TOP 5 SONGS THAT HAD ACTUAL MEANING FOR ME
“Heart of Gold” by Neil Young
I’m sure I’ve heard this song at various times in my life. But the other day during a rare and wonderful moment in which I was writing alone at a cafe, I heard this song come on. All I needed to be enchanted was the key line, “I’m a miner for a heart of gold.” There’s enough visually and emotionally inspiring there to prompt me to write a story. But I didn’t write about longing or love or mining; I dashed out a couple of pages about a woman and her sister opening a cafe and what the woman thought about the people who came there. But it was that song that nudged a story out of me. A song that can nudge (or coax or provoke) stories out of me belongs on this list.
“Girl on Fire” by Alicia Keys
Starting the new year at the inauguration and hearing Alicia Keys sing this song was a highlight of the year, no doubt. Besides the fact I was at the inauguration and hearing Alicia Keys live, I was grateful to just be at a live performance. I love all kinds of live performance and haven’t had a chance to go for some years now. But now I’m starting to make time for it again–just at the point when my kids are about at the age where they’re able to absorb, enjoy and even analyze live performances. We’ve made it to another milestone, at which there’s a higher potential for fun than disaster in going to some performances together. So even though they enjoy mangling “Girl on Fire”–loudly–, this song reminds me how many good times we have in store.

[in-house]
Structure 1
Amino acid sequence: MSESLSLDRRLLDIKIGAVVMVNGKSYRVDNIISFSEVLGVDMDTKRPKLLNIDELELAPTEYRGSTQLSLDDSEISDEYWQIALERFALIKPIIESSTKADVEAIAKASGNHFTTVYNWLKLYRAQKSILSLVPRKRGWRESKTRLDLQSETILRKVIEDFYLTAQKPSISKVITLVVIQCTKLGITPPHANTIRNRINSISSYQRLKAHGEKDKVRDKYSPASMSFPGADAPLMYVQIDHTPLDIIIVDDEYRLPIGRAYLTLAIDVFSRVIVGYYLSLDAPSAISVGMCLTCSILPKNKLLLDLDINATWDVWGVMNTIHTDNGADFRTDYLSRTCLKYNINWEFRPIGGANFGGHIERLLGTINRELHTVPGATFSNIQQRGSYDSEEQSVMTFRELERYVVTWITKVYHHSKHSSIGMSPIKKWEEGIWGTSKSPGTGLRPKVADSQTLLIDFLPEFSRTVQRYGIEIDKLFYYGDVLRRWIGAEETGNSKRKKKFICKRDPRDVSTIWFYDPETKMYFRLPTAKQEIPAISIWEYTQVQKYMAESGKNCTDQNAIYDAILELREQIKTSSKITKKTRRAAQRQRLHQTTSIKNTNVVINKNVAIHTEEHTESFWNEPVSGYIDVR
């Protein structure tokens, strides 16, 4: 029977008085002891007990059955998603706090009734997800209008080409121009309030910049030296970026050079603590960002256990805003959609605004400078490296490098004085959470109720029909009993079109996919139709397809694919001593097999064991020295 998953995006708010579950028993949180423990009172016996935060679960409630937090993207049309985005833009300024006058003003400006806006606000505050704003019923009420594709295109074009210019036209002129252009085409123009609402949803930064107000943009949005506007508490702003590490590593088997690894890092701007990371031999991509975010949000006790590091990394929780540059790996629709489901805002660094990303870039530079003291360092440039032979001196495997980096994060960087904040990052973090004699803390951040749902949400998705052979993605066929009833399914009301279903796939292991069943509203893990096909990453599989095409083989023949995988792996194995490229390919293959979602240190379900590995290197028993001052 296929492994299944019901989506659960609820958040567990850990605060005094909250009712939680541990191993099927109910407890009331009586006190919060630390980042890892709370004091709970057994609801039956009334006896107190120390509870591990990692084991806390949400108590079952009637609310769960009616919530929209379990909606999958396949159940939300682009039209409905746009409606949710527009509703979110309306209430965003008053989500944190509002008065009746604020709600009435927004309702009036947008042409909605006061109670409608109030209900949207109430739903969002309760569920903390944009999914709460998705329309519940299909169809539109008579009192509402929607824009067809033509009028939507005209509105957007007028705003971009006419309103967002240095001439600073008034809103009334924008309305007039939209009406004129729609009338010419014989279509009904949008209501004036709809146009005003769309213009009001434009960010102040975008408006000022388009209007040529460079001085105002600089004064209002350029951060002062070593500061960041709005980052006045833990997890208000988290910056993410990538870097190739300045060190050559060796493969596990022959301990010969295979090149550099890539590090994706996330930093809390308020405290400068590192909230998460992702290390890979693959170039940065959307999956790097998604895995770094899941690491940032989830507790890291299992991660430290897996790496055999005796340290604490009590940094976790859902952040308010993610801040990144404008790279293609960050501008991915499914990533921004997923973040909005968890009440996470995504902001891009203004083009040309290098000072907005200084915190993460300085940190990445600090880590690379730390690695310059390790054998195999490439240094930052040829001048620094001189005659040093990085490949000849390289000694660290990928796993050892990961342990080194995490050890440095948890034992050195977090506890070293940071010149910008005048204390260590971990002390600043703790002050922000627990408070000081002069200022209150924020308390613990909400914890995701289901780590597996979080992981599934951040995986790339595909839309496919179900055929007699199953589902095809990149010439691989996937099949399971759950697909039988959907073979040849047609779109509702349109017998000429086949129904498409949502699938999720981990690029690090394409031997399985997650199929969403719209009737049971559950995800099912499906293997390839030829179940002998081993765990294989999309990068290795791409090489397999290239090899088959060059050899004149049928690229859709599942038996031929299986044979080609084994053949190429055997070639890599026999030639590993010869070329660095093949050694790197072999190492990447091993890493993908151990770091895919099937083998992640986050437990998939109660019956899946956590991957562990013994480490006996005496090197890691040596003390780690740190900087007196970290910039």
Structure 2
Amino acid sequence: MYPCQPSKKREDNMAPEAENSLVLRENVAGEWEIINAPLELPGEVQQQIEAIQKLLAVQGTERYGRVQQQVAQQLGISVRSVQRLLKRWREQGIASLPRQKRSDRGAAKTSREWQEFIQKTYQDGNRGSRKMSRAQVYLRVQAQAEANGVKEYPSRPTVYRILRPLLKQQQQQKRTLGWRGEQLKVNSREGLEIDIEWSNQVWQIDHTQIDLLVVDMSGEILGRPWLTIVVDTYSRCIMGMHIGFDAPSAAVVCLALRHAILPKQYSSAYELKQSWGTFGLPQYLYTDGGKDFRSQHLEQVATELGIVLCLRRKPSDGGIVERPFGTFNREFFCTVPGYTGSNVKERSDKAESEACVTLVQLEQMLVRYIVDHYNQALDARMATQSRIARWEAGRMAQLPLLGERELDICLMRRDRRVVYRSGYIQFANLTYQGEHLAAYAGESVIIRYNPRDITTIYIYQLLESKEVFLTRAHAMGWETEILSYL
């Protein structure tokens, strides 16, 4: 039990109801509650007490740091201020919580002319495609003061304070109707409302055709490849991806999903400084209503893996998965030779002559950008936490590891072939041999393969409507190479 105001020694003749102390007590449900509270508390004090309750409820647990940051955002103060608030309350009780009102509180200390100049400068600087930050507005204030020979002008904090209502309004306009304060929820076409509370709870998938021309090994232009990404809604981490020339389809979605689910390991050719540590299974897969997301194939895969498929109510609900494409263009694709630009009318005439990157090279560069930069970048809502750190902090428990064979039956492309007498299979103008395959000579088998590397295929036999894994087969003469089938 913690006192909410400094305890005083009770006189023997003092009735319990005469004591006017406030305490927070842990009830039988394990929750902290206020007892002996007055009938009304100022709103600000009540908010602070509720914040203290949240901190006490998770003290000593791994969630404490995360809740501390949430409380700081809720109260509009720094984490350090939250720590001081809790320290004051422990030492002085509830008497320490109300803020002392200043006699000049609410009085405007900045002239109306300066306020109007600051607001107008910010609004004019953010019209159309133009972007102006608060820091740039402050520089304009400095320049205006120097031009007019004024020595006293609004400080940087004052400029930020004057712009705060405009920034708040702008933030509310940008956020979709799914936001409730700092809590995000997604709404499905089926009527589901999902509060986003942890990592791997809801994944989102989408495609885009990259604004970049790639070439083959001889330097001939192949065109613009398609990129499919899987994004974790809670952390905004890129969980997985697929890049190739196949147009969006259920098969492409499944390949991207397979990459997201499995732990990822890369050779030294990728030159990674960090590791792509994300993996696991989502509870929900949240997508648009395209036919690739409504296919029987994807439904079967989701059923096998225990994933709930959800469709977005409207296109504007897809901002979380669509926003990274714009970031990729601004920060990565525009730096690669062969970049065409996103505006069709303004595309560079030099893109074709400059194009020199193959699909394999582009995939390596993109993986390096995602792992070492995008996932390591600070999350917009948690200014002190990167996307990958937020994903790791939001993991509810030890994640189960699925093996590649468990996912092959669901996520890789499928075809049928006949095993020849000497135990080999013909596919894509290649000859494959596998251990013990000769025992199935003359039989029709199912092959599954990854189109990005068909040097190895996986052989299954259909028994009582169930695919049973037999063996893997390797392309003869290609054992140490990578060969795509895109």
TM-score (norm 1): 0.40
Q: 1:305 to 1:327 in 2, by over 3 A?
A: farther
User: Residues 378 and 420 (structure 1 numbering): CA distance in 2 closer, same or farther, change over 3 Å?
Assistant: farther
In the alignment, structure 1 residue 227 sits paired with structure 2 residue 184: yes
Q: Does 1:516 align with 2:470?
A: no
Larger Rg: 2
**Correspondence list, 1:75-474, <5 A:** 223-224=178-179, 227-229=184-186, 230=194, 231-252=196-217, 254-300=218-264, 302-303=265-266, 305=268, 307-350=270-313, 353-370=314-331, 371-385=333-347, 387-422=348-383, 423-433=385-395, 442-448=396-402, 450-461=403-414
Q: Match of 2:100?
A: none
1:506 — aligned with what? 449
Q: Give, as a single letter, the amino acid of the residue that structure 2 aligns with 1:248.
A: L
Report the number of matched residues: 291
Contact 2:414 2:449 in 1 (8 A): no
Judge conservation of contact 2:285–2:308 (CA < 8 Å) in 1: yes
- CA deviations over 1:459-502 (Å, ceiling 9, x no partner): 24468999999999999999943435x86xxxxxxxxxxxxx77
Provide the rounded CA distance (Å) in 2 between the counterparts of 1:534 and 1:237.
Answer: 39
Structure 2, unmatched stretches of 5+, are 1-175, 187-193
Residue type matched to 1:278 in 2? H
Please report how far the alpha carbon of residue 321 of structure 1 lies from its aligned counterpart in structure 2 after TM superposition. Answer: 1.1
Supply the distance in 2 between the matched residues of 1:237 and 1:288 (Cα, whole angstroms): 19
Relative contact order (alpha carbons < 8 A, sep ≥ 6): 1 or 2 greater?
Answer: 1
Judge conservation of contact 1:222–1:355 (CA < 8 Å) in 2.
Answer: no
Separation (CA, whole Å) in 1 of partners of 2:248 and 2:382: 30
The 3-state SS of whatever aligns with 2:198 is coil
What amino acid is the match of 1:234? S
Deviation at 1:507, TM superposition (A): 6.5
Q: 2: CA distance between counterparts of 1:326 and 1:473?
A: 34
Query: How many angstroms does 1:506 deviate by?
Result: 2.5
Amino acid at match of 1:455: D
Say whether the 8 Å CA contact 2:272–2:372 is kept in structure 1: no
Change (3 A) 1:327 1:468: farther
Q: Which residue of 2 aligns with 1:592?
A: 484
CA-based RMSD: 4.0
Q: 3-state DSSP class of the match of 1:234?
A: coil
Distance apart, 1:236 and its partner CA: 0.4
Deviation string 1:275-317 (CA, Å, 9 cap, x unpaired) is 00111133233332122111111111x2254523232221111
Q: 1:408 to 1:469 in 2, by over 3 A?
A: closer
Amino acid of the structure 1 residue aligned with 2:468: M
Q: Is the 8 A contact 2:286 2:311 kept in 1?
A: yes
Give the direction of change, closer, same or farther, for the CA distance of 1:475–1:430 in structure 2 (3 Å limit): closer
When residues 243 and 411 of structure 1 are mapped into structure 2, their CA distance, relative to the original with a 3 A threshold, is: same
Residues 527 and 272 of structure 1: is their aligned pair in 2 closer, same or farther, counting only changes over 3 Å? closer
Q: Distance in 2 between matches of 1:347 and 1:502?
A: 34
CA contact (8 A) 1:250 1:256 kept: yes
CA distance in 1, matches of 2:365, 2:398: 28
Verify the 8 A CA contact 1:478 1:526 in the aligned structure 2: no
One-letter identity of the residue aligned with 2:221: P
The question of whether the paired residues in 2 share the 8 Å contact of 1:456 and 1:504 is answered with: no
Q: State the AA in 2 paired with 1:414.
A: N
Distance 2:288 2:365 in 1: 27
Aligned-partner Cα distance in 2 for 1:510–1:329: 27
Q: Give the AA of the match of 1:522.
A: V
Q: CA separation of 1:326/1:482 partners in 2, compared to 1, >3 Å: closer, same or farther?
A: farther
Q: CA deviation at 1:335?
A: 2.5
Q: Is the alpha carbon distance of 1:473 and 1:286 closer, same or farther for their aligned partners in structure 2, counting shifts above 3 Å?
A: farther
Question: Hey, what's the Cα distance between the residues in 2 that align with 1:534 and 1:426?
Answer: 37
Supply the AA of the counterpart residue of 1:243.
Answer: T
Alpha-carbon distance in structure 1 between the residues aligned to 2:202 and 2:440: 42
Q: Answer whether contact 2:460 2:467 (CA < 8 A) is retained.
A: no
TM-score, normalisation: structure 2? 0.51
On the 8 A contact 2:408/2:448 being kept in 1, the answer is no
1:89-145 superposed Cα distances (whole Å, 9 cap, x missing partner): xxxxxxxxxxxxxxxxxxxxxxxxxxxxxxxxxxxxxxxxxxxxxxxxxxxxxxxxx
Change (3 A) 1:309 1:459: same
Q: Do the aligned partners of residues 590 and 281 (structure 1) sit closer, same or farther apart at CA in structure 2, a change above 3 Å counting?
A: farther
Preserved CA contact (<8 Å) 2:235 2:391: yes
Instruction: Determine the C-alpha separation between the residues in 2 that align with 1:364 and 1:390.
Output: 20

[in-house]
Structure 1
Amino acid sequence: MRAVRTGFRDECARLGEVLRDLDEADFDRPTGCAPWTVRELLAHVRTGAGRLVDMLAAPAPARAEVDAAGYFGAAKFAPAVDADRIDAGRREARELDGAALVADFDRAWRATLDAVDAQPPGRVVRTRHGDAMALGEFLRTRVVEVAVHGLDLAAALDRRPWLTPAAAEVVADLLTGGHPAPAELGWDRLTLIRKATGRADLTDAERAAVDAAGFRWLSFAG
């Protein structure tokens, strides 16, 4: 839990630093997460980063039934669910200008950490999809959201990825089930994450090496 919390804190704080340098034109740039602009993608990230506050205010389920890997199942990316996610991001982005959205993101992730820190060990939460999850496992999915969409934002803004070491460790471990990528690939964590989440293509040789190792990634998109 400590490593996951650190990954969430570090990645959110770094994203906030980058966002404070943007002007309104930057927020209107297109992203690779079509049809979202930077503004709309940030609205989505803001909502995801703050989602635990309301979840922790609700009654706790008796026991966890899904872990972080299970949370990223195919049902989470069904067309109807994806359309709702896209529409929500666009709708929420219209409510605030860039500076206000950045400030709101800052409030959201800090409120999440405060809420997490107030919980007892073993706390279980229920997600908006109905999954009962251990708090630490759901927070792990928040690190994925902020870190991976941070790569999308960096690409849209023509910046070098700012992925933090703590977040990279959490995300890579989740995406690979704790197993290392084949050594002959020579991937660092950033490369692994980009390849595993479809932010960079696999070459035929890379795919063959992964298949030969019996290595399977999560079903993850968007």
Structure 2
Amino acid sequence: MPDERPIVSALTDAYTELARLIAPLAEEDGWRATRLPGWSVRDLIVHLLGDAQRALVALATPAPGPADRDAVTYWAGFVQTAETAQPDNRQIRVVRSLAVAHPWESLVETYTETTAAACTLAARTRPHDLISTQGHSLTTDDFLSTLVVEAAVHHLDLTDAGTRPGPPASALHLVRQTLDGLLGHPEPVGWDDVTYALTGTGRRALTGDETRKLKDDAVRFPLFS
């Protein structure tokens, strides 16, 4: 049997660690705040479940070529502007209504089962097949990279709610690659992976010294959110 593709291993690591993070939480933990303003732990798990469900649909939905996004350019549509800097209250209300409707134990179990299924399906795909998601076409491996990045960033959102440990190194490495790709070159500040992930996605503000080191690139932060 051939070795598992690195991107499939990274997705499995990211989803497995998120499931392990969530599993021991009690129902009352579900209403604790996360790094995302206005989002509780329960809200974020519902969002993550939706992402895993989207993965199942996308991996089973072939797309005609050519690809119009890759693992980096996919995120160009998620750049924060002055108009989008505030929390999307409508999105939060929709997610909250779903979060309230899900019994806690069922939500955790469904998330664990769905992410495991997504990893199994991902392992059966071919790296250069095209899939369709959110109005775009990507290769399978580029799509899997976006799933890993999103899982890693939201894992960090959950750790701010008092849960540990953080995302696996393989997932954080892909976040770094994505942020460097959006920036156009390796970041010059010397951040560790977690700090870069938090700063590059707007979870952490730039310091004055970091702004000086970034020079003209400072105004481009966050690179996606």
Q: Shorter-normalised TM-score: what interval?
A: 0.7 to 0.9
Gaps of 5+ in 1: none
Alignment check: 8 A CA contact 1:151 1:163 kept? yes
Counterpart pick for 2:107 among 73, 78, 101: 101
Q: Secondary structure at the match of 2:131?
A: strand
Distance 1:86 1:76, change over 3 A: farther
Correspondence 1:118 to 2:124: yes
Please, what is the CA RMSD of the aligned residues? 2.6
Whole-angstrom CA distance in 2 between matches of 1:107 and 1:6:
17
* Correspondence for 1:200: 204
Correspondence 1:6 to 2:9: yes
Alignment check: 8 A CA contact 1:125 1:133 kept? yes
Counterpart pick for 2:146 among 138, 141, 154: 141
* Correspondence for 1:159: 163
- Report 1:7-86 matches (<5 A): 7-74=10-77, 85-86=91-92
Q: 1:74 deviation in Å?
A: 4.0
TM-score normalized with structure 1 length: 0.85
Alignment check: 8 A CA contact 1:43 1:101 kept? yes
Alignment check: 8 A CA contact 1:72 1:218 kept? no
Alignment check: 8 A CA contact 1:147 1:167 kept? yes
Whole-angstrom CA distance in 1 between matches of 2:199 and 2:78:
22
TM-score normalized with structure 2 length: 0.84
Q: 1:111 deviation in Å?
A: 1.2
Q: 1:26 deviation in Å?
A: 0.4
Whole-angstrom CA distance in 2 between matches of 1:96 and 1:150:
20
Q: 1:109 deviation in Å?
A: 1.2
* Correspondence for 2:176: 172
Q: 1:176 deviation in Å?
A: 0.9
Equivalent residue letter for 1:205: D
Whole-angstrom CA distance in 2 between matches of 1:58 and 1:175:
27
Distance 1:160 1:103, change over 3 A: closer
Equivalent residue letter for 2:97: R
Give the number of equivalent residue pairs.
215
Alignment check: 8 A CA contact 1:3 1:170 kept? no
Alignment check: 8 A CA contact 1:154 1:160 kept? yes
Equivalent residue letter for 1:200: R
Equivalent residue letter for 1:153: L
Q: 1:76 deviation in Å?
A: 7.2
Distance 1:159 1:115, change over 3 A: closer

“Abraham’s Daughter” by Arcade Fire
This selection is less about keeping with the fire theme (though I love themes) and more about the lyrics, which I couldn’t get out of my head. The line that stays with me is where the song’s protagonist, when asked what her name is, says she has none. Among the many nightmarish ways of dehumanizing someone, stripping away their name is one of the most profound and effective. It’s standard practice for dictators around the world to strip away a person’s name before kidnapping, illegally imprisoning or executing them. Names can signify nationality, religion, personality and more. The way your boss, teacher, or judge says your name may feel different from how your partner, friend, or mother says it. Names are part of our humanity in this sense, and “Abraham’s Daughter” expresses this powerfully.